Stock Market Euphoric Over Ongoing Recovery from Great Recession; Credit Ratings Indicate Ongoing Crash into Great Depression. Which is it?

City traders in 1930s London

Wall Street Crash of '29 Moves to Europe after Two Years

Today’s news gave rise to outspoken hopes that the Great Recession is ending … again. This seems to have the whole world excited, except me. The stock market is soaring this morning as the U.S. Federal Reserve and the European Central Bank announced an agreement to loan U.S. money to European banks at lower rates. Jobs were up by an amount that was, after many months, finally substantial. Black Friday was a roaring success, even as Occupy Wall Street tried to Unoccupy Walmart.

That’s a bad-news day for a vulture like me, feeding on the carrion of fallen civilization. (Well, that is how some see the “profits of doom an gloom,” meaning those with web sites that focus on the dark side of the economy while making money off of their advertising.) It could mean my fodder for articles will dwindle, and I’ll be out of business soon.

Great Recessions and Great Depressions happen like train wrecks, not plane wrecks

Well, it would be a bad-news day for the doom-and-gloom business, except that I know this bounce means very little (and I’d be glad to see the economy recover and would easily switch to writing more at other web sites on brighter topics … like comets crashing into the earth.) It’s just an air pocket. The reason the good news does not lift my economic predictions to match the euphoric gasps of the stock market as it climaxes to new heights is that the fundamentals causing our economic downfall remain completely unimproved. In fact, the indicators just got notably worse today in other news.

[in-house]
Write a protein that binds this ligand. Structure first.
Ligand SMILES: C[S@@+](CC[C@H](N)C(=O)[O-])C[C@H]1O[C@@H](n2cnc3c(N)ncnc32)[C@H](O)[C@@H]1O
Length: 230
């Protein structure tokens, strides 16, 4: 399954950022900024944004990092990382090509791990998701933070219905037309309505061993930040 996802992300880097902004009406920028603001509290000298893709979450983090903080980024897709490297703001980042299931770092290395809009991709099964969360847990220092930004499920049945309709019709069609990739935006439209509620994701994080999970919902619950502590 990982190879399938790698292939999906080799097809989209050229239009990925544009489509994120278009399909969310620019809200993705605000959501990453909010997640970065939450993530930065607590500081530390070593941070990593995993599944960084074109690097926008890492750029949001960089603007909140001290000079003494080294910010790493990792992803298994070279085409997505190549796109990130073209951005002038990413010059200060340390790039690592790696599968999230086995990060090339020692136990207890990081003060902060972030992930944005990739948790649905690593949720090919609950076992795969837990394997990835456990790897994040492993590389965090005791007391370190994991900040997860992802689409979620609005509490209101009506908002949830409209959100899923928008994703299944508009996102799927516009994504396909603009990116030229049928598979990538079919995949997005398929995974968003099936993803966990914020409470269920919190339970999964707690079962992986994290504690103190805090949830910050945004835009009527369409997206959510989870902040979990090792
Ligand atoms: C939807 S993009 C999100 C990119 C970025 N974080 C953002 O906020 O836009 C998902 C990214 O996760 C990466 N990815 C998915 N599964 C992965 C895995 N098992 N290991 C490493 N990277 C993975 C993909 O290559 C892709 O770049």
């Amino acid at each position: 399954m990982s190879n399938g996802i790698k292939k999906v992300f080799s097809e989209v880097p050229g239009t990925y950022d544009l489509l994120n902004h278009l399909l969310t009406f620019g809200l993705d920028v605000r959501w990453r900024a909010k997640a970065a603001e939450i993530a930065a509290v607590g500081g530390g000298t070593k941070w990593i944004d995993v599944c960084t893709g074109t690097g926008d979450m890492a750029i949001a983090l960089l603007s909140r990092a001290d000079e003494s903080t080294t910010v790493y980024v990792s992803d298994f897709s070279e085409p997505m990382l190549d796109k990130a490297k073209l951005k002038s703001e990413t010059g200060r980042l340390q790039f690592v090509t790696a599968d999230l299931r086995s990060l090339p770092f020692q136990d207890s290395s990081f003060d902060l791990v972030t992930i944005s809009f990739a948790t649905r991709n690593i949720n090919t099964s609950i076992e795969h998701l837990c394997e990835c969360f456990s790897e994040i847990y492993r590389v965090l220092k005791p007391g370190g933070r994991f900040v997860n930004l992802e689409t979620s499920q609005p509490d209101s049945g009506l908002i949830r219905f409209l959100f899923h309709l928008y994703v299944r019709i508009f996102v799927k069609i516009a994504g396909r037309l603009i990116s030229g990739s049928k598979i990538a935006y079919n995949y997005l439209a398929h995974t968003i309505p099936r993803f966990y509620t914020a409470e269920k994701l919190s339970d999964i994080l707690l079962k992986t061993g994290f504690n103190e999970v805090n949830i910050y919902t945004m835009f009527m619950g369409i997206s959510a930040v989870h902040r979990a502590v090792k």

I also think it is absurd to believe that a little loan help from the U.S. is going to significantly ease Europe’s economic crisis. I bear in mind that it took over two years for the Great Depression to firmly become a fact of existence after the Wall Street crash of 1929. I bear in mind that the Great Depression was cemented by the collapse of a single EUROPEAN bank in a tiny European country, which spread throughout Europe like fire in a ammunition depot, bringing a European economic collapse. (See this article for more on the European crash that was the final stroke to establish the Great Depression as long-lasting fact.) There were many meteoric rises and plunges of the stock markets between these major events. I also bear in mind that more U.S. help with European debt only means we are hanging further over the cliff with them.

Depressions are like train wrecks. They are not a single crash in a ball of flames, but a cumulative crash where many cars go off the rails sequentially in different directions and run into things on the sidelines, broadening the path of damage. There are numerous impacts before the dust settles recovery can begin. We are living through a train wreck in slow motion.

Credit rating downgrades are the next impact in the ongoing economic crash

I have no fear that my days as a monger of dark news are about to end, any more than I have a desire to live through dark times. I simply look at the underlying facts and face the facts. Those facts are that, while the U.S. Federal Reserve has made this announcement of helping Europe, Moody’s has on this same day announced that their own rating system for national debt has been so flawed that it has overstated the credit worthiness of entire nations, and Standard Poor’s has announced that it is downgrading the credit ratings of almost ALL U.S. banks because its rating criteria for banks has been equally flawed up to now.